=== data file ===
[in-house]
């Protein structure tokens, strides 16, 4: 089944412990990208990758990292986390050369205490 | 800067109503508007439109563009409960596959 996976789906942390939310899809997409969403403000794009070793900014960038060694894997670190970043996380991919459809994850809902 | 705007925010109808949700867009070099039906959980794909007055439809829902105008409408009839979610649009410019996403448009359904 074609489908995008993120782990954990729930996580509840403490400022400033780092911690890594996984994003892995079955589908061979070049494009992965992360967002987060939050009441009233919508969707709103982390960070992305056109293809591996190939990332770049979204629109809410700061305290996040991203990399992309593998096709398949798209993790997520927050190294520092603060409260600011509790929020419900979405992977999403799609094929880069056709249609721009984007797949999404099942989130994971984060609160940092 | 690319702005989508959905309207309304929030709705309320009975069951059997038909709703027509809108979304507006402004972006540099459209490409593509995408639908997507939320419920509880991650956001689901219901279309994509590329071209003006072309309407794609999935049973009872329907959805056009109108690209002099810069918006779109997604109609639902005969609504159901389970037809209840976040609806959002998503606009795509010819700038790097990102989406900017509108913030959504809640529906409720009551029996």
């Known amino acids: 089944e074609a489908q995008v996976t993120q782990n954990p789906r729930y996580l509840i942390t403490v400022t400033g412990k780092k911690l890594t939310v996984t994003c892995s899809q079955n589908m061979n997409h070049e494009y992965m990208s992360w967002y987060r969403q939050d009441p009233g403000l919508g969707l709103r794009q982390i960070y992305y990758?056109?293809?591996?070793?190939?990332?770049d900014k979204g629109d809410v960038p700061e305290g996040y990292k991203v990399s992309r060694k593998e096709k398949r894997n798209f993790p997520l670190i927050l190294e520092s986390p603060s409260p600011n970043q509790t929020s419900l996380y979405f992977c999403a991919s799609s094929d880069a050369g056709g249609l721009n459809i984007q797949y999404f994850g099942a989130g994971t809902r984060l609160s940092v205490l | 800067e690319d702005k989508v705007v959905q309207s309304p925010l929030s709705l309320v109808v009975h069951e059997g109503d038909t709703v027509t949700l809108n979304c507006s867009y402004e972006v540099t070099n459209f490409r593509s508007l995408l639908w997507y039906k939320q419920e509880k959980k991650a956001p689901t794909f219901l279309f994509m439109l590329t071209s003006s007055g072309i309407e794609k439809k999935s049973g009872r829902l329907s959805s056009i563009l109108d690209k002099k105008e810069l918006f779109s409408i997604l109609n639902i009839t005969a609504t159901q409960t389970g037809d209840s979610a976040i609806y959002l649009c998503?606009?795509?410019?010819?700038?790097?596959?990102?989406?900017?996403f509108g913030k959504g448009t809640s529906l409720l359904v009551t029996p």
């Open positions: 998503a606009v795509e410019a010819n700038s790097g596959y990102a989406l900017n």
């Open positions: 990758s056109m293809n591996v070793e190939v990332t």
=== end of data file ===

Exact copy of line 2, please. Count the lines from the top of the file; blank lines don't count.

């Protein structure tokens, strides 16, 4: 089944412990990208990758990292986390050369205490 | 800067109503508007439109563009409960596959 996976789906942390939310899809997409969403403000794009070793900014960038060694894997670190970043996380991919459809994850809902 | 705007925010109808949700867009070099039906959980794909007055439809829902105008409408009839979610649009410019996403448009359904 074609489908995008993120782990954990729930996580509840403490400022400033780092911690890594996984994003892995079955589908061979070049494009992965992360967002987060939050009441009233919508969707709103982390960070992305056109293809591996190939990332770049979204629109809410700061305290996040991203990399992309593998096709398949798209993790997520927050190294520092603060409260600011509790929020419900979405992977999403799609094929880069056709249609721009984007797949999404099942989130994971984060609160940092 | 690319702005989508959905309207309304929030709705309320009975069951059997038909709703027509809108979304507006402004972006540099459209490409593509995408639908997507939320419920509880991650956001689901219901279309994509590329071209003006072309309407794609999935049973009872329907959805056009109108690209002099810069918006779109997604109609639902005969609504159901389970037809209840976040609806959002998503606009795509010819700038790097990102989406900017509108913030959504809640529906409720009551029996």